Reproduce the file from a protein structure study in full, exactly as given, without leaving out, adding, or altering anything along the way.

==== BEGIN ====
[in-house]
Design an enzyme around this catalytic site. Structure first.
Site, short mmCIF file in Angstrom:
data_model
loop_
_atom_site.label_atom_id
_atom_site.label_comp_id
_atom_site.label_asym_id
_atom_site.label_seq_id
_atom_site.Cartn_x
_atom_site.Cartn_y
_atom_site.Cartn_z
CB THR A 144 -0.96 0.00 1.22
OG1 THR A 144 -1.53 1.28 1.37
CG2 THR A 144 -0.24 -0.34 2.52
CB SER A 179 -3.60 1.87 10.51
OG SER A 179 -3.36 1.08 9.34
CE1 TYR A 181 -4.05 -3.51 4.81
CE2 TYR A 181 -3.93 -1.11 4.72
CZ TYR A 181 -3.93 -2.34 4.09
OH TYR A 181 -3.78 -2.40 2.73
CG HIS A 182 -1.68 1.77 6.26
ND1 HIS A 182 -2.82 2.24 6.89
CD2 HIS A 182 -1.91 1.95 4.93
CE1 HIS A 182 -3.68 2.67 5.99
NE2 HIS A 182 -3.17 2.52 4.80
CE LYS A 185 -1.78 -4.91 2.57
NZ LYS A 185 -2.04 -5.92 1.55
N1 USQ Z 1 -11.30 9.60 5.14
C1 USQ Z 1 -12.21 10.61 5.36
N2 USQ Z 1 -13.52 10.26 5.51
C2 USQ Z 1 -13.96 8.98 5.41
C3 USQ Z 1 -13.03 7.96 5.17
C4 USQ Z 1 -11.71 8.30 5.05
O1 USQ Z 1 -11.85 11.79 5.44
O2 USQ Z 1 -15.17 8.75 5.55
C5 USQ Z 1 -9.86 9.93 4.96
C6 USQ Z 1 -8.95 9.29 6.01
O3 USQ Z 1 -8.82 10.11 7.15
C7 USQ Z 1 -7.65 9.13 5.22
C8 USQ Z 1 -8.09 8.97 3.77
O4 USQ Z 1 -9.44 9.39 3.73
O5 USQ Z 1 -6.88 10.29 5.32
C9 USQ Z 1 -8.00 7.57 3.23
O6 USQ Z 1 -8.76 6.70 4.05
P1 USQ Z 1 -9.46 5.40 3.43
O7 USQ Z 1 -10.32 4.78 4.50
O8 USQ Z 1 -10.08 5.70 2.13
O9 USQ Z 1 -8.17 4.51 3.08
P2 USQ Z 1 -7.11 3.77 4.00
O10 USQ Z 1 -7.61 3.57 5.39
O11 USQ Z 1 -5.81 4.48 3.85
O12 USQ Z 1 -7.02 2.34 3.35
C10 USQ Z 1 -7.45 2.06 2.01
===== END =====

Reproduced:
[in-house]
Design an enzyme around this catalytic site. Structure first.
Site, short mmCIF file in Angstrom:
data_model
loop_
_atom_site.label_atom_id
_atom_site.label_comp_id
_atom_site.label_asym_id
_atom_site.label_seq_id
_atom_site.Cartn_x
_atom_site.Cartn_y
_atom_site.Cartn_z
CB THR A 144 -0.96 0.00 1.22
OG1 THR A 144 -1.53 1.28 1.37
CG2 THR A 144 -0.24 -0.34 2.52
CB SER A 179 -3.60 1.87 10.51
OG SER A 179 -3.36 1.08 9.34
CE1 TYR A 181 -4.05 -3.51 4.81
CE2 TYR A 181 -3.93 -1.11 4.72
CZ TYR A 181 -3.93 -2.34 4.09
OH TYR A 181 -3.78 -2.40 2.73
CG HIS A 182 -1.68 1.77 6.26
ND1 HIS A 182 -2.82 2.24 6.89
CD2 HIS A 182 -1.91 1.95 4.93
CE1 HIS A 182 -3.68 2.67 5.99
NE2 HIS A 182 -3.17 2.52 4.80
CE LYS A 185 -1.78 -4.91 2.57
NZ LYS A 185 -2.04 -5.92 1.55
N1 USQ Z 1 -11.30 9.60 5.14
C1 USQ Z 1 -12.21 10.61 5.36
N2 USQ Z 1 -13.52 10.26 5.51
C2 USQ Z 1 -13.96 8.98 5.41
C3 USQ Z 1 -13.03 7.96 5.17
C4 USQ Z 1 -11.71 8.30 5.05
O1 USQ Z 1 -11.85 11.79 5.44
O2 USQ Z 1 -15.17 8.75 5.55
C5 USQ Z 1 -9.86 9.93 4.96
C6 USQ Z 1 -8.95 9.29 6.01
O3 USQ Z 1 -8.82 10.11 7.15
C7 USQ Z 1 -7.65 9.13 5.22
C8 USQ Z 1 -8.09 8.97 3.77
O4 USQ Z 1 -9.44 9.39 3.73
O5 USQ Z 1 -6.88 10.29 5.32
C9 USQ Z 1 -8.00 7.57 3.23
O6 USQ Z 1 -8.76 6.70 4.05
P1 USQ Z 1 -9.46 5.40 3.43
O7 USQ Z 1 -10.32 4.78 4.50
O8 USQ Z 1 -10.08 5.70 2.13
O9 USQ Z 1 -8.17 4.51 3.08
P2 USQ Z 1 -7.11 3.77 4.00
O10 USQ Z 1 -7.61 3.57 5.39
O11 USQ Z 1 -5.81 4.48 3.85
O12 USQ Z 1 -7.02 2.34 3.35
C10 USQ Z 1 -7.45 2.06 2.01